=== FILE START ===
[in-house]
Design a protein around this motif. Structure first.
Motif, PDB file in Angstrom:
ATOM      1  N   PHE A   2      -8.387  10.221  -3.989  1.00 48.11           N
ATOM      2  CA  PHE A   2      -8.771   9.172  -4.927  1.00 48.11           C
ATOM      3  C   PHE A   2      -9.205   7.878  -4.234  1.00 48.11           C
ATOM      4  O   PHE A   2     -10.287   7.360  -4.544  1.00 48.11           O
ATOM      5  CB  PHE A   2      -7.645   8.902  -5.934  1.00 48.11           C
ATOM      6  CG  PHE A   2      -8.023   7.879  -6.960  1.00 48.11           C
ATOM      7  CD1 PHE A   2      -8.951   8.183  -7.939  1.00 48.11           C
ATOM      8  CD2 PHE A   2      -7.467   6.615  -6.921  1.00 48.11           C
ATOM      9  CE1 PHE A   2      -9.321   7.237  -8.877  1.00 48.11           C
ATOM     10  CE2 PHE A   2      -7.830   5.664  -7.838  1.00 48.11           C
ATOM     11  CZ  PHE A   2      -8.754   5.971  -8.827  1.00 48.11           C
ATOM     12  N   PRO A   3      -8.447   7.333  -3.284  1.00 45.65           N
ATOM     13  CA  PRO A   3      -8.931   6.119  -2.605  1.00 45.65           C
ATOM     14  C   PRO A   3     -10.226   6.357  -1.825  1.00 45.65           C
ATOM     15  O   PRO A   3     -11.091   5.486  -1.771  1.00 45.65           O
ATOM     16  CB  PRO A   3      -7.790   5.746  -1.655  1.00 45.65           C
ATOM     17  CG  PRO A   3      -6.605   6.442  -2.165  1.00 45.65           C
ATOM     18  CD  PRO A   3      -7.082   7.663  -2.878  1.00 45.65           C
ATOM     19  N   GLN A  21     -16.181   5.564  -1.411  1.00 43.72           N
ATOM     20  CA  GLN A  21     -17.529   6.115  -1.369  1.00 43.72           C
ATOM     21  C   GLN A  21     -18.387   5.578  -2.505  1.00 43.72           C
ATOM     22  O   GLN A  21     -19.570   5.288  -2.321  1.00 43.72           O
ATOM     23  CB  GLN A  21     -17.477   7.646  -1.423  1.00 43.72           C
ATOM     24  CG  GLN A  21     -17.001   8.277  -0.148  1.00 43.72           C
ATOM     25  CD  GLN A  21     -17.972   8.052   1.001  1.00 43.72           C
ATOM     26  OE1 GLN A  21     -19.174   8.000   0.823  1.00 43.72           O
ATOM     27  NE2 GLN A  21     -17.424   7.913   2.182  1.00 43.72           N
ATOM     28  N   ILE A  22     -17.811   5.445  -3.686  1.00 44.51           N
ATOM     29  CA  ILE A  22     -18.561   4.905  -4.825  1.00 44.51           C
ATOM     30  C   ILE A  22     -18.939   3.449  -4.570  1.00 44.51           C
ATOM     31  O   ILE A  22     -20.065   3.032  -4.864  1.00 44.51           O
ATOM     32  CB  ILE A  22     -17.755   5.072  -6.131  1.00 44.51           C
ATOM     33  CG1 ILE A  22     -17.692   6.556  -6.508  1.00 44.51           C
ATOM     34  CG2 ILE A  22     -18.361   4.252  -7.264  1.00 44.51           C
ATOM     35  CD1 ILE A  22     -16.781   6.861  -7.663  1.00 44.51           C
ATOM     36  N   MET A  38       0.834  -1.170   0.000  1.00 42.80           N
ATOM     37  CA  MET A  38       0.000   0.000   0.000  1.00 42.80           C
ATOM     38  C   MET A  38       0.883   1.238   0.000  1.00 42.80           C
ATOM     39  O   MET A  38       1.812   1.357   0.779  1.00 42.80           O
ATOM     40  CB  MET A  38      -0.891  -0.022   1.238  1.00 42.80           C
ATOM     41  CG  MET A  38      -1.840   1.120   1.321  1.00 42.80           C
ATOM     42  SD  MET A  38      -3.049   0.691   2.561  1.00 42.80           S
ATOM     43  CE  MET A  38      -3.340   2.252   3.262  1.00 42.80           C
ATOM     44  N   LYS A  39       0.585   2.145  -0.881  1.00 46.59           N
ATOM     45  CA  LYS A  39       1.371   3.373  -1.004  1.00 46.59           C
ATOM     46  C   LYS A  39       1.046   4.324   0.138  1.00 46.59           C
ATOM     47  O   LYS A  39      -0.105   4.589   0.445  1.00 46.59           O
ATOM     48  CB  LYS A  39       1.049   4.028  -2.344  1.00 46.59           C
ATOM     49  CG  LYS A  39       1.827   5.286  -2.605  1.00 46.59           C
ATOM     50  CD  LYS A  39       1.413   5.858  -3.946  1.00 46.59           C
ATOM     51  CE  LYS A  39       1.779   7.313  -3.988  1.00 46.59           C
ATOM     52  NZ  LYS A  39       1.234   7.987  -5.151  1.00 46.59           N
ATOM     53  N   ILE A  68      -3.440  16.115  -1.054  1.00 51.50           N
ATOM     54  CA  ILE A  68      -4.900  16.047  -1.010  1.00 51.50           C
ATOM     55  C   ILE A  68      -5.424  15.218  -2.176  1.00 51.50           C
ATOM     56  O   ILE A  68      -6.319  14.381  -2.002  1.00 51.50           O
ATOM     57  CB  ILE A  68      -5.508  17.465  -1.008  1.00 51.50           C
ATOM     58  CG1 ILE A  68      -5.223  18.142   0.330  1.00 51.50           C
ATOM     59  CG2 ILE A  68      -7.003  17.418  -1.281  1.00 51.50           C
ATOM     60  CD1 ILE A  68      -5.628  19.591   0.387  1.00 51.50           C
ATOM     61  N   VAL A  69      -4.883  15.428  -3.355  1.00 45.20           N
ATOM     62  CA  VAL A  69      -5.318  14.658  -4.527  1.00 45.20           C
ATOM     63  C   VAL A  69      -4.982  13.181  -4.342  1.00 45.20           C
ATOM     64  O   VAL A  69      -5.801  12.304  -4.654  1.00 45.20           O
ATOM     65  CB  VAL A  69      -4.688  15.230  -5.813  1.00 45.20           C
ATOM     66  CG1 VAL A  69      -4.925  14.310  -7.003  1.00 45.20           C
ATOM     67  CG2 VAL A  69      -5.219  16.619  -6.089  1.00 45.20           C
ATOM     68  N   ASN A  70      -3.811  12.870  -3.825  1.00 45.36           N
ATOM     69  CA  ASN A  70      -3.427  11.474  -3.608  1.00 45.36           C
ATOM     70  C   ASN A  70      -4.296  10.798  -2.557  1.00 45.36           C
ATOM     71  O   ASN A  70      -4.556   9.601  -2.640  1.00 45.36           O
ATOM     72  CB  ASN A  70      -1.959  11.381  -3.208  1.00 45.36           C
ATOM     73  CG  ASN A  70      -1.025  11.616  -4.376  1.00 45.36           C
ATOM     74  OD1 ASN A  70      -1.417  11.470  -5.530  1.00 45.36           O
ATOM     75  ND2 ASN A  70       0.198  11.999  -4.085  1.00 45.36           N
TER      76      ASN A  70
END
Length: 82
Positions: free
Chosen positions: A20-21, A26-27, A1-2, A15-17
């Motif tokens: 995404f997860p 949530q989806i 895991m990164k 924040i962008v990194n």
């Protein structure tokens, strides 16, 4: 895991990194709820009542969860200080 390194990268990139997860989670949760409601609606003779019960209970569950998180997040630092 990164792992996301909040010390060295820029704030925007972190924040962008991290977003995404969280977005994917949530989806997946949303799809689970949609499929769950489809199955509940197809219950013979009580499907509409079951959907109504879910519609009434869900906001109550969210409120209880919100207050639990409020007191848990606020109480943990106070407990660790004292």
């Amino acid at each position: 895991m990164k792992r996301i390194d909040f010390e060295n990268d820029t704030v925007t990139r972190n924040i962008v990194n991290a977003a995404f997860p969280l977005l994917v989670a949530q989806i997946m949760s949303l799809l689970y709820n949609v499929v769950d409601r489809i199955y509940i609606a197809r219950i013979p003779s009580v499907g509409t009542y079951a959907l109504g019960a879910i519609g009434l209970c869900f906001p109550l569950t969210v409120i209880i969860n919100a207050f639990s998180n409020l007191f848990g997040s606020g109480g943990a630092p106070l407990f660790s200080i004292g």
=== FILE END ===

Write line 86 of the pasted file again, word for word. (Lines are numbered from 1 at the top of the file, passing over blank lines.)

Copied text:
């Amino acid at each position: 895991m990164k792992r996301i390194d909040f010390e060295n990268d820029t704030v925007t990139r972190n924040i962008v990194n991290a977003a995404f997860p969280l977005l994917v989670a949530q989806i997946m949760s949303l799809l689970y709820n949609v499929v769950d409601r489809i199955y509940i609606a197809r219950i013979p003779s009580v499907g509409t009542y079951a959907l109504g019960a879910i519609g009434l209970c869900f906001p109550l569950t969210v409120i209880i969860n919100a207050f639990s998180n409020l007191f848990g997040s606020g109480g943990a630092p106070l407990f660790s200080i004292g």